Comment by Jack — Tue 18th November 2014 @ 4:19 pm

  22. A few tips on cooking rice.

    You can cook rice in a pot and it will eventually soften, but the first secret is having a lid on the pot. This increases the temperature and can give you cooked rice in 10 minutes.

    So, you’ve got a small pot with a lid.

    Put 6 desert spoons/soup spoons of rice in the pot.

    First you need to wash the rice because some countries process rice with ‘other stuff’, so add some water, swill it around and drain off the water.

    Add some more water, just enough to cover the rice (this is trial and error here) and leave it to soak if you do not need to cook the rice straight away.

    When you cook the rice, bring it quickly to the boil and then turn the heat down and let it simmer. (This is easy on gas stoves, but with electric stoves it can be easier to use to elements at different heats.)

    Let the rice cook until the water has gone and remove from the heat.

    If you have the right amount of water and heat your rice will be perfect. Leave the lid on to continue cooking and then stir to loosen the rice.

    If you want to cook bigger quantities of rice it is best to use a solid bottom pot in the above process, so the rice doesn’t catch on the bottom of the pot.

    Once you’ve got your rice cooked then you add your favourite ‘whatever you like’ to the rice and you have a meal.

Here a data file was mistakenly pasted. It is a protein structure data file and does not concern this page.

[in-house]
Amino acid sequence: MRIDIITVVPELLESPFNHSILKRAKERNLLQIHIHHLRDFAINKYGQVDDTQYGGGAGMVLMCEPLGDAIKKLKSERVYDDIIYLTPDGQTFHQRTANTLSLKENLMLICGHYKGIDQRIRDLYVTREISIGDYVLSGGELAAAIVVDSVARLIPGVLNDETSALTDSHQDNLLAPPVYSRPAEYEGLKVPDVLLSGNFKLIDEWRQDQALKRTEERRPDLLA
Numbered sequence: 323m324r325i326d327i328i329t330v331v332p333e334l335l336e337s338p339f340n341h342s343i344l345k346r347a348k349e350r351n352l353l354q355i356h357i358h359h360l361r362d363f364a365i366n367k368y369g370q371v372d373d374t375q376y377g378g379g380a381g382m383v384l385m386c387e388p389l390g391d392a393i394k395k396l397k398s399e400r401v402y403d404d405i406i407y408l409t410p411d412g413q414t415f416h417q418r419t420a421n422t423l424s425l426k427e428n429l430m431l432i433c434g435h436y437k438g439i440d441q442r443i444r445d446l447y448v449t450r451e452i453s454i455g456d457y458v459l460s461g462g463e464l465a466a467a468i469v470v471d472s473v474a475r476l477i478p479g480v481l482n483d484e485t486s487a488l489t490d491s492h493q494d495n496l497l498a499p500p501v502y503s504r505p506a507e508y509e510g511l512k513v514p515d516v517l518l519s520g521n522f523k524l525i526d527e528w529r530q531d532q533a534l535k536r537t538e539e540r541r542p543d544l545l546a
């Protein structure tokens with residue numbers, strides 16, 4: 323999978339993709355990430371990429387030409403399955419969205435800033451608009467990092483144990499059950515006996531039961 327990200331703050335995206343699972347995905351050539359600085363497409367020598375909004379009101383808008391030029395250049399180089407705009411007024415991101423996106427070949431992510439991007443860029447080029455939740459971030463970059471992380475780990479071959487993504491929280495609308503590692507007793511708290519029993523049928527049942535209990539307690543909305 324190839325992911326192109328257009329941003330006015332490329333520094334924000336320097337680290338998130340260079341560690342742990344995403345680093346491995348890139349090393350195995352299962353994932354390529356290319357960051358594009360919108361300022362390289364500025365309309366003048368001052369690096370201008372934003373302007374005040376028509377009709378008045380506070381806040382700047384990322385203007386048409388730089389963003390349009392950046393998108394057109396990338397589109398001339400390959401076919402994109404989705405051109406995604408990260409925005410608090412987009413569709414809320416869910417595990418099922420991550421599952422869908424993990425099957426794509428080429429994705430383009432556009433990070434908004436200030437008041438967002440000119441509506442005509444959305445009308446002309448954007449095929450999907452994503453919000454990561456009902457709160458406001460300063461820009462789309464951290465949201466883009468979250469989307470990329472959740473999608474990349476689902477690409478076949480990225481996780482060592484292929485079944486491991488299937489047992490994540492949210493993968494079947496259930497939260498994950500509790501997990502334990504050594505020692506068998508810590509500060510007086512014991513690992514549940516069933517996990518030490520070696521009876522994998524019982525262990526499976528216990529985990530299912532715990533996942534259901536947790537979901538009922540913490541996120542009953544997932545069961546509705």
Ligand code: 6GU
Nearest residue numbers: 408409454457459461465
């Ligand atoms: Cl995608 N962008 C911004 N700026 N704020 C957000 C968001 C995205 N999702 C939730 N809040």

Try it out and see how you go.

    Comment by Downunder — Tue 25th November 2014 @ 6:07 pm

  23. Dear Downunder- I cook rice in the Microwave, in a glass casserole dish. Add double the volume of water to rice. Bring to boil, then cook on low for at least 30 minutes. Perfect every time. In the caravan, I would have to use a saucepan, and risk that it might catch on the bottom. I haven’t worked out how to do it in a car, though. I would eat something else.

    Comment by John Brett — Tue 25th November 2014 @ 6:19 pm

  24. Campfire Rice:

    If you get a chance to take your children tramping and camping, this is an easy dessert.

    All you need is a container with a cup of rice, which is enough for 4 people, a tablespoon of sugar in a bag, an egg, and a camping billy.

    You put the rice in a container and bury the egg in the rice so it doesn’t break.

    When it comes to cooking time, whether it is on gas or an open fire, you add water to your rice and cook until it is soft.

    Don’t put too much water into start with, just keep adding the water you need to keep a nice mix that you can stir and don’t get it too hot.

    You can tell when it’s ready if you can crush the rush against the side of the pot or between your teeth.

    Stir in the sugar.

    Break the egg into the pot and stir around for a few minutes and there you have it, your rice pudding.

    Comment by Downunder — Thu 27th November 2014 @ 4:11 pm